German consumer sentiment unexpectedly fell to its lowest level in five months going into April, partly due to people's concerns that rising inflation will erode their purchasing power. Sonia Legg reports.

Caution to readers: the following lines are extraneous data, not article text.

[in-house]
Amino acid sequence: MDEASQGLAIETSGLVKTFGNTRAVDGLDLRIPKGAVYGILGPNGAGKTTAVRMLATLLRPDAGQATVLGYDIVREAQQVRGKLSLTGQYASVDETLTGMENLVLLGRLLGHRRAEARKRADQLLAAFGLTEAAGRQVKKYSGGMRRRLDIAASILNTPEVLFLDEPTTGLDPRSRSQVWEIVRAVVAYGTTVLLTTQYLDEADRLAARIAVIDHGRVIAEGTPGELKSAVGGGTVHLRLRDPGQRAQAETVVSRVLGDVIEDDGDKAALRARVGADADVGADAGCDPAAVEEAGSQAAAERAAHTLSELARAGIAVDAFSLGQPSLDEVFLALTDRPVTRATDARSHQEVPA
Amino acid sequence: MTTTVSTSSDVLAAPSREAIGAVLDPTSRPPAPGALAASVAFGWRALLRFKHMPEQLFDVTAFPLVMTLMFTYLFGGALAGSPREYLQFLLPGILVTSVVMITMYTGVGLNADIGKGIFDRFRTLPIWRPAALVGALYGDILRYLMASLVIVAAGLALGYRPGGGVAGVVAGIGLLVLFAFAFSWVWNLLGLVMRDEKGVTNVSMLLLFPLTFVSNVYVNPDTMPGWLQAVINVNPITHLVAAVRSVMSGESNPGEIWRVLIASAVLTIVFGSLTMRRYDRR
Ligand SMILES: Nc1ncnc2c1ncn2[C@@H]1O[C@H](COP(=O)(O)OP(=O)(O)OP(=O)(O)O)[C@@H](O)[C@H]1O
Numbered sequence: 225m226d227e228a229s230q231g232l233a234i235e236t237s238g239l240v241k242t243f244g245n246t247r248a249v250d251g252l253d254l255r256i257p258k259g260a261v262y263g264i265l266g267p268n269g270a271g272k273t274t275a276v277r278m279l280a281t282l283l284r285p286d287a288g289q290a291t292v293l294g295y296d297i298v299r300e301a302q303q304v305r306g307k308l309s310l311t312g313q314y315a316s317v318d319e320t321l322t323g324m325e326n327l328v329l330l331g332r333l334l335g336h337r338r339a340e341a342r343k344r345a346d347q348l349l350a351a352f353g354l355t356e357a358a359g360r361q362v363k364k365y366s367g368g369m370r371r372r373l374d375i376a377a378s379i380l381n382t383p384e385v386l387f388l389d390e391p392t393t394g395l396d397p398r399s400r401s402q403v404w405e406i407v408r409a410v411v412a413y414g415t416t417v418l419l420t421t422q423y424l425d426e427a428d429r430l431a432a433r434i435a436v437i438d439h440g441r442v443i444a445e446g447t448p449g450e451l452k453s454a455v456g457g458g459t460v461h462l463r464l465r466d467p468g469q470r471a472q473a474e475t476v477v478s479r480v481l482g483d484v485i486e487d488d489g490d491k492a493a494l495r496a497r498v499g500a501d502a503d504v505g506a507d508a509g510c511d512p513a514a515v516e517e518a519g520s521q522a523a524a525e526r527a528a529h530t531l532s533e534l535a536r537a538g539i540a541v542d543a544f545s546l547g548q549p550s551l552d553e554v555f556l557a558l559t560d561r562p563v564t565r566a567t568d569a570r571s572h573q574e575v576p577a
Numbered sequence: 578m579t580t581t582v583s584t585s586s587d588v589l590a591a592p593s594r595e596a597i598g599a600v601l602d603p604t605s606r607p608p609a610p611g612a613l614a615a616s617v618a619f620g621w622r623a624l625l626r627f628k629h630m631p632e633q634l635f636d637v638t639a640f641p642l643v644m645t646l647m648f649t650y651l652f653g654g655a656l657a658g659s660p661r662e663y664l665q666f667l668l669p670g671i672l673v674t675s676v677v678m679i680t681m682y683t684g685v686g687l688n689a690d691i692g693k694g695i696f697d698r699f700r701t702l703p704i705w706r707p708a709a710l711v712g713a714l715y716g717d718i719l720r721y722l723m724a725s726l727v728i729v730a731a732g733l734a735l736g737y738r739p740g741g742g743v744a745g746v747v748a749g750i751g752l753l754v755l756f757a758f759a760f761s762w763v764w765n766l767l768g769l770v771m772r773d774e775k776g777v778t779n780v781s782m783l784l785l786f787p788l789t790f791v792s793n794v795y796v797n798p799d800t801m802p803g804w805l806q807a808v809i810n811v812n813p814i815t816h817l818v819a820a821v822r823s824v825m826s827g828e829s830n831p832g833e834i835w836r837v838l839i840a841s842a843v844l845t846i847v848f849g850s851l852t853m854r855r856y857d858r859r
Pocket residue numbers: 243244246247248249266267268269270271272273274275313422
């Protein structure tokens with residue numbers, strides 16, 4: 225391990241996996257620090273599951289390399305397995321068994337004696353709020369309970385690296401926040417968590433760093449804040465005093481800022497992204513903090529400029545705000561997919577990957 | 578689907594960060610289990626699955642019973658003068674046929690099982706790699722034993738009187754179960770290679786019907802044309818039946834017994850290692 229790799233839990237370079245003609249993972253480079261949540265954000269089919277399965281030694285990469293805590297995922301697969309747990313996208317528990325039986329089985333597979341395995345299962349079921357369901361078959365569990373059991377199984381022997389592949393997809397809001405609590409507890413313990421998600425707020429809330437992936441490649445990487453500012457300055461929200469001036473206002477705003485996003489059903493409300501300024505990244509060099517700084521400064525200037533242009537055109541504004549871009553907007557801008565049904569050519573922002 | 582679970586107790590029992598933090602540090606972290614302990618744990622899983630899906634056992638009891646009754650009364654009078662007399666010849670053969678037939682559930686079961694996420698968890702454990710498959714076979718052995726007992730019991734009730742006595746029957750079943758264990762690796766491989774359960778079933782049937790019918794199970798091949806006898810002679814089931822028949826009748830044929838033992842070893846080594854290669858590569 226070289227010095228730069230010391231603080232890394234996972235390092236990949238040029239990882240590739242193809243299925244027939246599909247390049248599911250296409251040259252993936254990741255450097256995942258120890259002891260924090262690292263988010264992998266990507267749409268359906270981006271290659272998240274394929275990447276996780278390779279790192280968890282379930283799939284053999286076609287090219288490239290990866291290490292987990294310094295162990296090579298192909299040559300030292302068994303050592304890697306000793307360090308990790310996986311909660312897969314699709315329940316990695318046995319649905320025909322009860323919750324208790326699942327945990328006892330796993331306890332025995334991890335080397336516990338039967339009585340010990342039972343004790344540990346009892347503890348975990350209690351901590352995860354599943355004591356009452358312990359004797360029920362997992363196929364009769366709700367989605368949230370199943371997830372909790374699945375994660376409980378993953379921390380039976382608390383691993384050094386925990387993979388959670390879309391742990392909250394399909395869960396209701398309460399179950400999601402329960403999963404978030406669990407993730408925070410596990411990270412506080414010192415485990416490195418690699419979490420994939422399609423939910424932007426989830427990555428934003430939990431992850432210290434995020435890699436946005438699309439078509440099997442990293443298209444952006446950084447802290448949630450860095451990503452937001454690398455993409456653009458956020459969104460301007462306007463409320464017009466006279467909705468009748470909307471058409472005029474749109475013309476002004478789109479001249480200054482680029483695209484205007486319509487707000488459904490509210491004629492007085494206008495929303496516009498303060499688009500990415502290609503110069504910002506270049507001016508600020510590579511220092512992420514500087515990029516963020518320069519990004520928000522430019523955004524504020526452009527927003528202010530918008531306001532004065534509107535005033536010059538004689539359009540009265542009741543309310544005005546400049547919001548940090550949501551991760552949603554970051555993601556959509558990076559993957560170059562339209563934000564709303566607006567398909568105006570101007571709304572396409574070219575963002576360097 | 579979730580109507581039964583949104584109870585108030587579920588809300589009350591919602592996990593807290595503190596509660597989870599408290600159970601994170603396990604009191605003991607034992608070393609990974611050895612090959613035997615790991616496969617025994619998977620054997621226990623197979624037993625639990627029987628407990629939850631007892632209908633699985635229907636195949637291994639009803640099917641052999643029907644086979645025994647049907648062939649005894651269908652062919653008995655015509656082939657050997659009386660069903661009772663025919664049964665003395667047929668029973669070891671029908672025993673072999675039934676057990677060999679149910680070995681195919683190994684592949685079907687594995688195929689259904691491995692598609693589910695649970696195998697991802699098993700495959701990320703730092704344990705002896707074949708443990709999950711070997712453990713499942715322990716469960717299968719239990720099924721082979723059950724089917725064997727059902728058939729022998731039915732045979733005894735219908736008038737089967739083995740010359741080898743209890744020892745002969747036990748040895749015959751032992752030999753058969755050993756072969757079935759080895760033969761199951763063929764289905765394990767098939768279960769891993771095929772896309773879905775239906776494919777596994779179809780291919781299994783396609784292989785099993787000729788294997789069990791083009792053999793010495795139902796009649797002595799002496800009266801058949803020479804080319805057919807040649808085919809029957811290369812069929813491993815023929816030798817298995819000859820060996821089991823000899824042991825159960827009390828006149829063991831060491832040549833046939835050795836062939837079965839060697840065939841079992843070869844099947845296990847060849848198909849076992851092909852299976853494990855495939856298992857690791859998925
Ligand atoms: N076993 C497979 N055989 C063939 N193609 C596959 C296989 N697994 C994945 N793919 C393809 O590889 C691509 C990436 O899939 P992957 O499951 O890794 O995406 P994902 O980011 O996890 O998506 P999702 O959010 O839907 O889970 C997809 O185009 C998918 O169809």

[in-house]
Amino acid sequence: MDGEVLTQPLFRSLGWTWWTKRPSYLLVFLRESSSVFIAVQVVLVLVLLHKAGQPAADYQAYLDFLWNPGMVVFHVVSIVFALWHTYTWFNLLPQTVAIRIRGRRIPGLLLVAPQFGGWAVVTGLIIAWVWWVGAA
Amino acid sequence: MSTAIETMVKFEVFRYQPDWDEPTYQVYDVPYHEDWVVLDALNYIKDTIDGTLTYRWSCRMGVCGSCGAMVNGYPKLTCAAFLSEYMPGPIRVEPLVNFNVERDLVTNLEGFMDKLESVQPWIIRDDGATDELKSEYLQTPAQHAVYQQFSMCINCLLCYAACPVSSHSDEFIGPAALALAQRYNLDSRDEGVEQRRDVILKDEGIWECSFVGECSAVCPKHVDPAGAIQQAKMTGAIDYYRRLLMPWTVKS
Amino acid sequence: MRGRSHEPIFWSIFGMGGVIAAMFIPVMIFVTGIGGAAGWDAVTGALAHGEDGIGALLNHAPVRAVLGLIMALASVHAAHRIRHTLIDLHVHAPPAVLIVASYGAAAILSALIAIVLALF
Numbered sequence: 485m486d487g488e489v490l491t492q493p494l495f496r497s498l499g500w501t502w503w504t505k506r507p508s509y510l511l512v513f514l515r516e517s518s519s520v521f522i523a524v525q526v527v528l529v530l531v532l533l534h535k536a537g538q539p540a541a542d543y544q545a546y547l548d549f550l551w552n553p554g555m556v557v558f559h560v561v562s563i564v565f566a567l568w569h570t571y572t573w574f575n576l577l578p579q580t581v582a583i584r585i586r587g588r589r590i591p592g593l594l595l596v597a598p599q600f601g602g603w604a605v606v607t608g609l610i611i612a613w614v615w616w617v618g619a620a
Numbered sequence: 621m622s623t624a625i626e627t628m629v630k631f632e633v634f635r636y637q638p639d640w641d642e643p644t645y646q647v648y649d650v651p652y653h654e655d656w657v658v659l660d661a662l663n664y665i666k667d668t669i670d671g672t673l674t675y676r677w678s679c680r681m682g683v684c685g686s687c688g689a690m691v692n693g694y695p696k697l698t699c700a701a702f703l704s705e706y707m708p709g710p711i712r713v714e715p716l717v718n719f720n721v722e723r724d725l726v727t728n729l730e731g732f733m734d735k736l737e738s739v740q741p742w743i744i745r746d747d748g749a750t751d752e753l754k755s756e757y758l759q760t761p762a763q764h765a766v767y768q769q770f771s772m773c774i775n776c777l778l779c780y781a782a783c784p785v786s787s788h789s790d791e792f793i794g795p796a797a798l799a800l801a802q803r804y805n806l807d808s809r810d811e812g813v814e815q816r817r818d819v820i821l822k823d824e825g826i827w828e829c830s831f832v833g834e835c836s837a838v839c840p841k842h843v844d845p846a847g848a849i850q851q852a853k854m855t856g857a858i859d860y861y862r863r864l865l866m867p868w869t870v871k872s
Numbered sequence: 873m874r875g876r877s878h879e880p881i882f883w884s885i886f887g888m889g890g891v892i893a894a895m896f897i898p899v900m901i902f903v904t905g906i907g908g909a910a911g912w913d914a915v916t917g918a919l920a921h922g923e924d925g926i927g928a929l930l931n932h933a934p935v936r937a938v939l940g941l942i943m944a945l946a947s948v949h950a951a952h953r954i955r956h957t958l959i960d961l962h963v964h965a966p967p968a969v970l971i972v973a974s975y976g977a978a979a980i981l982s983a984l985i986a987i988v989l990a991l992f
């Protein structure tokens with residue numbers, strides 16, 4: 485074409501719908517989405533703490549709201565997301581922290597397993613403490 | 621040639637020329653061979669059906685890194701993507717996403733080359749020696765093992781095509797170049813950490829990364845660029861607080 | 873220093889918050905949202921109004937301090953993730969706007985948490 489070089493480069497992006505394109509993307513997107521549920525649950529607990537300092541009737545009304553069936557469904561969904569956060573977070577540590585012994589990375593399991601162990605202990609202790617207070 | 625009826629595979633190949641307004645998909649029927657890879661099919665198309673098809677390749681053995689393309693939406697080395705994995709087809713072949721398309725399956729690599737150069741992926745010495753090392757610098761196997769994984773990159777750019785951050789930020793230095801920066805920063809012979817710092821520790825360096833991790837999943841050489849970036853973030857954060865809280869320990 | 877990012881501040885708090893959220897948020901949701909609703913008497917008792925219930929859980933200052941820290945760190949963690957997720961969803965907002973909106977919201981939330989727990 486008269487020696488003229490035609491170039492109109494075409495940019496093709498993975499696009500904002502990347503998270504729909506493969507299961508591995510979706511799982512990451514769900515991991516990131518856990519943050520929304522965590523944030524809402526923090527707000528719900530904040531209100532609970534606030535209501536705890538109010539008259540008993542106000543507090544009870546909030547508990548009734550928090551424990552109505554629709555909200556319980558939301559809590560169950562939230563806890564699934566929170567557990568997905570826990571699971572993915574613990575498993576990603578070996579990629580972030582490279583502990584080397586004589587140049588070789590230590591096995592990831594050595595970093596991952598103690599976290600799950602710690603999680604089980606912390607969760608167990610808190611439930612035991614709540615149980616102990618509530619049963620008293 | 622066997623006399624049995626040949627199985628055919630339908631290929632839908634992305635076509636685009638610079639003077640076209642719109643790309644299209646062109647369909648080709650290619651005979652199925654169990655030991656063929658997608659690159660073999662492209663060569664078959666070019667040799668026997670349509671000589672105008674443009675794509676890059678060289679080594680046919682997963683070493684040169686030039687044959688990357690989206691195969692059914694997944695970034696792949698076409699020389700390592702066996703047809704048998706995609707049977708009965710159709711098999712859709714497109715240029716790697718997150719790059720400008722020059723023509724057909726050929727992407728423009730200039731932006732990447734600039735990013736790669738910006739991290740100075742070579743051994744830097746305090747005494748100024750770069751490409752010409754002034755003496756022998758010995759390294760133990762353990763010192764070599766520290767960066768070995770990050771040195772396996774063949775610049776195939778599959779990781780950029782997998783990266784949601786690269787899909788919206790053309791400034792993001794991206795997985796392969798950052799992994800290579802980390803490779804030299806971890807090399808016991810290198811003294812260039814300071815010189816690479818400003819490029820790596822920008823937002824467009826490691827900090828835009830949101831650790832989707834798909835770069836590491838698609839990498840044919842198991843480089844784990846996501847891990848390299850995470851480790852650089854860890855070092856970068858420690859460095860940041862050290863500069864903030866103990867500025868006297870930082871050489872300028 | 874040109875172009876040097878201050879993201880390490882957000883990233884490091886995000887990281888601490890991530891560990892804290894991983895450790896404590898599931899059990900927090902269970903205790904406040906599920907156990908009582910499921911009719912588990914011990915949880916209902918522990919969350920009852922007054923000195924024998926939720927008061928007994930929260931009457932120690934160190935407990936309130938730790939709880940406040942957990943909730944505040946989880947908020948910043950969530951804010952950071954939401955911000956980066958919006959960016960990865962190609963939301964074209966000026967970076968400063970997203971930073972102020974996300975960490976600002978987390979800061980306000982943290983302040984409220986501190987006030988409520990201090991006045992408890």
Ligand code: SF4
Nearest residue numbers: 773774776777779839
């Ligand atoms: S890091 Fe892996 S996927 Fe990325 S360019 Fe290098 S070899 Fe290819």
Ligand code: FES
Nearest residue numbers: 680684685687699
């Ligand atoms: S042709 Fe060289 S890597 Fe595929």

The nation of savers had just started spending - then inflation took a turn. It's made German consumers nervous - sentiment, according to GfK, was below 10 points and at its lowest level in five months. (SOUNDBITE) (German) GFK RESEARCHER, ROLF BUERKL, SAYING: "Income expectations are very much affected by inflation. We saw an inflation rate of 2.2 percent for Germany in February which is a relatively high figure. This impairs purchasing power and consumers act accordingly. Worse still is the fact that there is still a zero percent interest rate policy in Germany, that's bad news for savers." But it wasn't an entirely negative picture. A 10 per cent fall in crude oil prices in the first half of March looks set to take inflation back below 2 percent. With a robust jobs market Germans also remain ready to spend And even Trump's economic policies were less of a concern. (SOUNDBITE) (English) CRAIG ERLAM, SENIOR MARKETS ANALYST, OANDA, SAYING: "I think the consumer is less important to the German economy, than say the US or UK economy. I don't think any slight dip in consumer sentiment is going to have any major impact." Neither will their current account surplus, at least that's what the Germans say. The finance ministry's monthly report says it will be eaten up in time by an ageing population. It also had a message for Donald Trump, who thinks the surplus is too high. Don't blame us for being good at what we do.